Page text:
Speak Easy

By: Melanie Harlow

Chapter One

Friday, July 13th, 1923

The woman approached me at the counter, keeping her eyes low. “A quart of maple syrup,” she said, her voice hushed.

I didn’t recognize her. “What kind?”

“Canadian.” Clutching her purse to her stomach, she peeked at me from beneath the brim of her hat.

“What are you making?”


I nodded. If she’d answered waffles, or even pancakes, I’d have directed her to the east wall of the store, where tin cans of actual maple syrup were stacked three high on a shelf. But since she knew the password, I named our price and took down the order and her address. She’d get her whisky in a day or so.

Bootlegging was that simple for a small operation like ours. The customers were loyal, the neighborhood grocery store was a legitimate cover, and thanks to the narrow waterway separating Detroit from Canada and its distilleries, our whisky supply seemed endless. Timely payoffs assured us of little trouble from city officials, and the local cops were some of our best customers. So when the bell over Jefferson Market’s front door jangled again that afternoon, I greeted the customer with a smile. But as the well-dressed man removed his light gray fedora and walked toward me at the back of the store, the air took on a strange charge, and gooseflesh rippled across my skin.

It was him. The sheik.

He’d been in twice in the last week. Each time, he’d said practically nothing, bought one pack of Fatima cigarettes, and paid with a fifty-dollar bill. I thought of him as the sheik because he reminded me of a movie star: dark, silent, and handsome in that delighted-villain sort of way, as if he’d just tied a girl to the train tracks and now it was time for a cocktail and a smoke.

 “Good afternoon.” His voice was deep and smooth, just how I imagined a screen idol’s should be. “Are you Miss O’Mara?”

I blinked. He knows my name. “Yes. Can I help you?”

“Give this to your father.” He pulled an envelope from his coat and laid it on the counter, next to the cash register. When I reached for it, he placed his hand over mine, pinning it to the cool marble. A buzz swept up my arm as our eyes met. His were so dark they appeared black, and a small scar rested at the top of one cheekbone. “Tell him to answer by tonight.”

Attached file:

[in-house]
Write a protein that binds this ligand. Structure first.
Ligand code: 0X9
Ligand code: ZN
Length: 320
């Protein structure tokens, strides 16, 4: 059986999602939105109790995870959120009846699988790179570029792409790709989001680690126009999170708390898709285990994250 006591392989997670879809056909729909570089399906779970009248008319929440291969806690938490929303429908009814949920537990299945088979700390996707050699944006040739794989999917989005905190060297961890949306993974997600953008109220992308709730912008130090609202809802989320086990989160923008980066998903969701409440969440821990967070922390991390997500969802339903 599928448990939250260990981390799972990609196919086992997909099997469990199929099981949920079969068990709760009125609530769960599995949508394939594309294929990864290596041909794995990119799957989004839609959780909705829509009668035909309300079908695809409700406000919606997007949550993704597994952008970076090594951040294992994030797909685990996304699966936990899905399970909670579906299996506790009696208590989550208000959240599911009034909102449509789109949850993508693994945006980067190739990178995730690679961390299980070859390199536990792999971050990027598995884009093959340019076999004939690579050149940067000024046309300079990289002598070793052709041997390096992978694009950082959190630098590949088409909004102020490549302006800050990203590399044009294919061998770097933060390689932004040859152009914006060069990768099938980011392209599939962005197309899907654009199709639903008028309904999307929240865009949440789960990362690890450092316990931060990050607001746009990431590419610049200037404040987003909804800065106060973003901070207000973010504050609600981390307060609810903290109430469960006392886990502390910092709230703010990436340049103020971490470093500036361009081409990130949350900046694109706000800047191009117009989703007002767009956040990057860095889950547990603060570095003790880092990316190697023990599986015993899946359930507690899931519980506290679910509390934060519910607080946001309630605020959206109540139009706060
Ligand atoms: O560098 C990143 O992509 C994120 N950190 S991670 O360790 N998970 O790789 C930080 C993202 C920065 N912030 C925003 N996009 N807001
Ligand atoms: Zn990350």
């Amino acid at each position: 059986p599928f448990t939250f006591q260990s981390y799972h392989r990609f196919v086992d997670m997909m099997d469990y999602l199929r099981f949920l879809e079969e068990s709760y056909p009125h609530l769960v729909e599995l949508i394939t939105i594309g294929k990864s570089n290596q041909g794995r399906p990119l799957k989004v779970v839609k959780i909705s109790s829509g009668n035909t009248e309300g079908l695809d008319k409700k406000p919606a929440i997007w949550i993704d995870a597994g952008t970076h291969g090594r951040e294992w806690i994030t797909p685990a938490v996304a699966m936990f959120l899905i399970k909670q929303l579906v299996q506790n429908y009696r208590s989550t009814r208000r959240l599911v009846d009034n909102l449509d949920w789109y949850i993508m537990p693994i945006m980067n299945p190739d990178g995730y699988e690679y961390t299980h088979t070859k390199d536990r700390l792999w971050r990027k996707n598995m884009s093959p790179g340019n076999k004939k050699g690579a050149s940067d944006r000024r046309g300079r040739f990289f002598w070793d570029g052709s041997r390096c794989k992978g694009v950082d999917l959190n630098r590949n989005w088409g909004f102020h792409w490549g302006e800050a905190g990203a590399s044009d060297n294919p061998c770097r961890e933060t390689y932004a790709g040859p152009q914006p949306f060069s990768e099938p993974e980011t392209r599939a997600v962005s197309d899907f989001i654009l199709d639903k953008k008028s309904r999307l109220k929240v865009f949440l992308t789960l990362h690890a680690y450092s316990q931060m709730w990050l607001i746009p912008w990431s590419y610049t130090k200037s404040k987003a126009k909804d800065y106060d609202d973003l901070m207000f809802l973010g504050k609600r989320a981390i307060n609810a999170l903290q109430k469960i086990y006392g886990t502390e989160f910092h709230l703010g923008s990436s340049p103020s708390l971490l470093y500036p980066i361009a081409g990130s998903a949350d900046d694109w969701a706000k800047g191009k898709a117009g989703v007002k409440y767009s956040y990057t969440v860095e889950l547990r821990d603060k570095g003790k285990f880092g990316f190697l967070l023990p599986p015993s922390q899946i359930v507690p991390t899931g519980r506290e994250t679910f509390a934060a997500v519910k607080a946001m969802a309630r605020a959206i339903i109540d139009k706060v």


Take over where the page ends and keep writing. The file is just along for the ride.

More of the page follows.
It took me a moment to find my voice. “All right.”

Replacing his hat on top of his slick dark hair, he walked out without looking back. The bell jangled once more, and I released the breath I’d been holding, leaning on the counter for support. I jumped when I heard a voice behind me.

“Tiny?” My older sister Bridget poked her head in from the stockroom, her long brown hair coming loose from its knot at her nape. “Daddy’s ready for you to make deliveries.”

Quickly I swiped the envelope into the front pocket of my middy blouse. “Should I go now?”

“Just let me put the bread in the oven,” Bridget said, disappearing into the stockroom again. She and her children lived in the apartment over the store. At almost twenty-one, I was more than ready to move out of our father’s house and get my own apartment, but it would have to wait. There were two more daughters after me who needed tending, and with our mother gone and Bridget widowed with three young boys, I wasn’t going anywhere soon.

While I waited, I fingered the envelope in my pocket. The sheik said Daddy had to answer by tonight, but what was the question? Was he a bootlegger too? He looked a little older than me, but still in his twenties, and wealthy, if his clothing was any indication. He wore exquisite three-piece suits. First black, then blue, and today, gray. I looked at the back of my hand, where he’d touched me, then brought it to my lips.

“What are you doing?” Bridget’s voice startled me again, and she laughed.

Cheeks burning, I tucked my hand into my pocket. “Nothing. Can I go?”

She nodded. “I’ll bring the grocery sacks out to you in the alley.”

I exited through the stock room into the wet heat of a Michigan summer afternoon. In the alley, I pulled the envelope from my pocket and looked at it. Jack O’Mara was written on its ivory face in black ink, the cursive letters small and lean. The seal was tight. No way to tell what its contents were, no clue as to who the sheik might be or whom he worked for.

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